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Vancouver Sun, Saturday, January 25, 2003

Maverick Orchard shakes up Tory race again

by Barbara Yaffe

There's a big black sheep in the little flock of candidates vying to lead the Conservative party. His name is David Orchard, and he stands out for several reasons.

First, he's definitely not your typical lawyer or politician fighting for the top prize. He's an organic wheat farmer from Saskatchewan, as keen to chat about the evils of genetically engineered foods as taxation or debt reduction.

Second, Mr. Orchard, 53, defines his conservatism differently than his fellow candidates. He's no admirer of former Ontario premier Mike Harris or Alberta's Ralph Klein.

Rather, he says, he's a classical conservative in the tradition of John Diefenbaker. He wants to work for the common good and maintain the country's institutions. He's not into privatization or public sector downsizing.

Mr. Orchard is often pegged as a New Democrat in Tory clothing, a flaming tomato-red Tory with a left-leaning platform and a hearty mistrust of U.S. intentions.

He's also viewed as a nuisance by some. Just this week, fellow candidate Jim Prentice remarked Mr. Orchard "should be wondering why he is even in the party."

And yet, here he's the only individual to be taking a second crack at becoming Tory leader -- "because I didn't win the first time."

Mr. Orchard in fact is something of a Tory-come-lately, buying a membership just before participating in the 1998 contest. Back then, his upstart organization sold a surprising number of memberships. And in a one-person, one-vote system, that's how leadership races are won.

His team sold so many memberships in B.C. and Saskatchewan that his candidacy forced a second round of voting, embarrassing Joe Clark in the process.

Mr. Orchard ultimately came in a distant second to Mr. Clark. (Later, in the 2000 election, he ran unsuccessfully in the riding of Prince Albert.)

Mr. Clark has come to embrace Mr. Orchard, reasoning that his unusual philosophical bent might help broaden the Conservative base.

There may be something to that. As Mr. Orchard notes, "There aren't enough conservatives out there to elect a government. We have to reach out to the broad spectrum of the political centre."

Mr. Orchard is far and away the most fluently bilingual of the six leadership candidates, except for longshot contender Heward Grafftey, a retired Quebec politician in his 70s.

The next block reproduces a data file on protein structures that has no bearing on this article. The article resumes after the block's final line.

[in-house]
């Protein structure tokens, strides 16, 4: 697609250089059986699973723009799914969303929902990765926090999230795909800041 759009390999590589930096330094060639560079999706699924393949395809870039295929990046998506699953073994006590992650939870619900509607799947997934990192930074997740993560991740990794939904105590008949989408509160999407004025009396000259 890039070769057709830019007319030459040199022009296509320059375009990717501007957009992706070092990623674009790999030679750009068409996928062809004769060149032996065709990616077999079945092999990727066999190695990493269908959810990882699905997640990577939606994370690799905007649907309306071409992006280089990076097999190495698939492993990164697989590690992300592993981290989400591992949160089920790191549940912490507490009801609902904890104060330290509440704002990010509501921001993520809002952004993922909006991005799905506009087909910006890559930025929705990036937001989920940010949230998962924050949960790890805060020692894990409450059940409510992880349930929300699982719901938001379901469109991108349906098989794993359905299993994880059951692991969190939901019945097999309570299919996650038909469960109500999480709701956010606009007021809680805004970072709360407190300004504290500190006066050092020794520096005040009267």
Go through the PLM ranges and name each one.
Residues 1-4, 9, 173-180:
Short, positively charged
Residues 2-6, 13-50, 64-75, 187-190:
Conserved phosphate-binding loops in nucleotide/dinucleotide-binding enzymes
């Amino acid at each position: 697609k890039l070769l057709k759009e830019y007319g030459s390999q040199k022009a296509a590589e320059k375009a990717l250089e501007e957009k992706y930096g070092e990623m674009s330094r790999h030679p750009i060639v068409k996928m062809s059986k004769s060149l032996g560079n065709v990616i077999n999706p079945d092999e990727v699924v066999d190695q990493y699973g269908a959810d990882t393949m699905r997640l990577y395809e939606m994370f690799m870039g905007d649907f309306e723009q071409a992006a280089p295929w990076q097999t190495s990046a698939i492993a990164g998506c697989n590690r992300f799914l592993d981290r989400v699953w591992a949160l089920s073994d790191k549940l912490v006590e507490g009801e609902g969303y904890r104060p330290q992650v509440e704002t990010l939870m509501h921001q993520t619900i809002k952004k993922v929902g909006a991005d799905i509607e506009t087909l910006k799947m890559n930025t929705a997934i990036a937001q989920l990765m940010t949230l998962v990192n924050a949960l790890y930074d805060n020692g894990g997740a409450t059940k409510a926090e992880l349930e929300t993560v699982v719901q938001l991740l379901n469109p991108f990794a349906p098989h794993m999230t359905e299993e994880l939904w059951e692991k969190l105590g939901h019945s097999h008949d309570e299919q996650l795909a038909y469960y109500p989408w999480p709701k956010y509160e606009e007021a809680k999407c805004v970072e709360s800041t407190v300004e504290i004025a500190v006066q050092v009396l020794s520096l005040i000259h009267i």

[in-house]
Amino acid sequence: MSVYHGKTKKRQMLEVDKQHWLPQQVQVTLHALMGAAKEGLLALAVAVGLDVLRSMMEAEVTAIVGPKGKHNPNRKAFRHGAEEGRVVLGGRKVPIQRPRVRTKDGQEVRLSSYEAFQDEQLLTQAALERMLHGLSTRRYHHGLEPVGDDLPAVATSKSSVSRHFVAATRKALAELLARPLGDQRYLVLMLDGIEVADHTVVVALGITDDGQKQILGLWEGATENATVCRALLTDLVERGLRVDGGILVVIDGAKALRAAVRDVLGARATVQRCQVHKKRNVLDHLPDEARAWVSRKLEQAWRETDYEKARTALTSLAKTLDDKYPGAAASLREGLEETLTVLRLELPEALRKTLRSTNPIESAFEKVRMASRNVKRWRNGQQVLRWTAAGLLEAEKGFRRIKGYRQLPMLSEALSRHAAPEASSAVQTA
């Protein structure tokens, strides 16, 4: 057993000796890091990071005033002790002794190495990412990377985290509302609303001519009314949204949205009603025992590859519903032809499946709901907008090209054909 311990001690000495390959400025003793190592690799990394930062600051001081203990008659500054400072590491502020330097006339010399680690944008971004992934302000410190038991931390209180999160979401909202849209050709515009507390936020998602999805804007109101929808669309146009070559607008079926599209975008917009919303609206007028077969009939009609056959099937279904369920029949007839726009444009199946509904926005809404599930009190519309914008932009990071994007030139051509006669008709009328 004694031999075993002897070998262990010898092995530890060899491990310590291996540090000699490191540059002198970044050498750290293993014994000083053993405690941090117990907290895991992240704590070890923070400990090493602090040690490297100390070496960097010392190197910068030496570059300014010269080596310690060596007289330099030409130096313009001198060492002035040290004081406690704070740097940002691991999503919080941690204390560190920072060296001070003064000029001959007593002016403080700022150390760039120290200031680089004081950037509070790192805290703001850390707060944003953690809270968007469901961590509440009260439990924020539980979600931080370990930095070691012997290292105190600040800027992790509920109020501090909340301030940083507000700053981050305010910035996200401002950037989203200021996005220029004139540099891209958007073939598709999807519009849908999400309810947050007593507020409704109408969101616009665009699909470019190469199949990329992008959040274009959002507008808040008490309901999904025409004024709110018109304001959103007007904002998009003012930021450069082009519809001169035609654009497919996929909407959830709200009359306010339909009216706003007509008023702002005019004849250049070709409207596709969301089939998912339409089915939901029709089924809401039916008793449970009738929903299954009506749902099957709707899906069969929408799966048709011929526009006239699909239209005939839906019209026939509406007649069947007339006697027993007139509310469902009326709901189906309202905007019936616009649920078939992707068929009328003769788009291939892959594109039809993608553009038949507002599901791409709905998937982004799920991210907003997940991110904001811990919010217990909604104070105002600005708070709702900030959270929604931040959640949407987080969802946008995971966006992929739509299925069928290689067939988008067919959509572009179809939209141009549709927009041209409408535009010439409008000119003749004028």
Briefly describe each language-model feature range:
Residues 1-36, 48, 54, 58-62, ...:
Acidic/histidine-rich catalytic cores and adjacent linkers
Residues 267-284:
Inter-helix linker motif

In the current campaign, Mr. Orchard once again promises to play the role of outsider. His campaign will be run at a fraction of the cost of the others'. But a repeat performance on membership sales could complicate the race for the more mainstream candidates.

One of his key issues is Canadian sovereignty, which he believes is threatened by U.S. corporations buying up Canadian companies, a weakened military and a trend toward opening the Canada-U.S. border.

He says Canada needs to make significant changes in the North American Free Trade Agreement to safeguard its interests -- even though the deal is continually advertised as one of his party's greatest achievements.

Mr. Orchard notes that increased trade with the U.S. has put Canada in an untenable position because it's too afraid of biting the hand that feeds to act independently.

And he wants his party to remain as far away as possible from the demon Canadian Alliance. The voters, he insists, are in the centre.

This, of course, conflicts with more pragmatic Conservative thinking that cooperation with the Alliance, which might not be the party's first choice, is both necessary and inevitable.

Mr. Orchard unequivocally opposes war in Iraq and is a devotee of the Kyoto Protocol.

While MPs in the Tory caucus and party establishment types have not rallied to his cause, Mr. Orchard has the backing of several high-profile new members he has recruited: Author Margaret Atwood, artist Robert Bateman, Stompin' Tom Connors, former Noranda chief Adam Zimmerman and retired Nova Corp. CEO Robert Blair.

Almost certainly, Mr. Orchard won't win. He's too much of a maverick.

What he will do, though, is make this race - being fought by a clutch of like-minded, blue-suited lawyers and business types - just a little less predictable.

© Copyright 2003 Vancouver Sun

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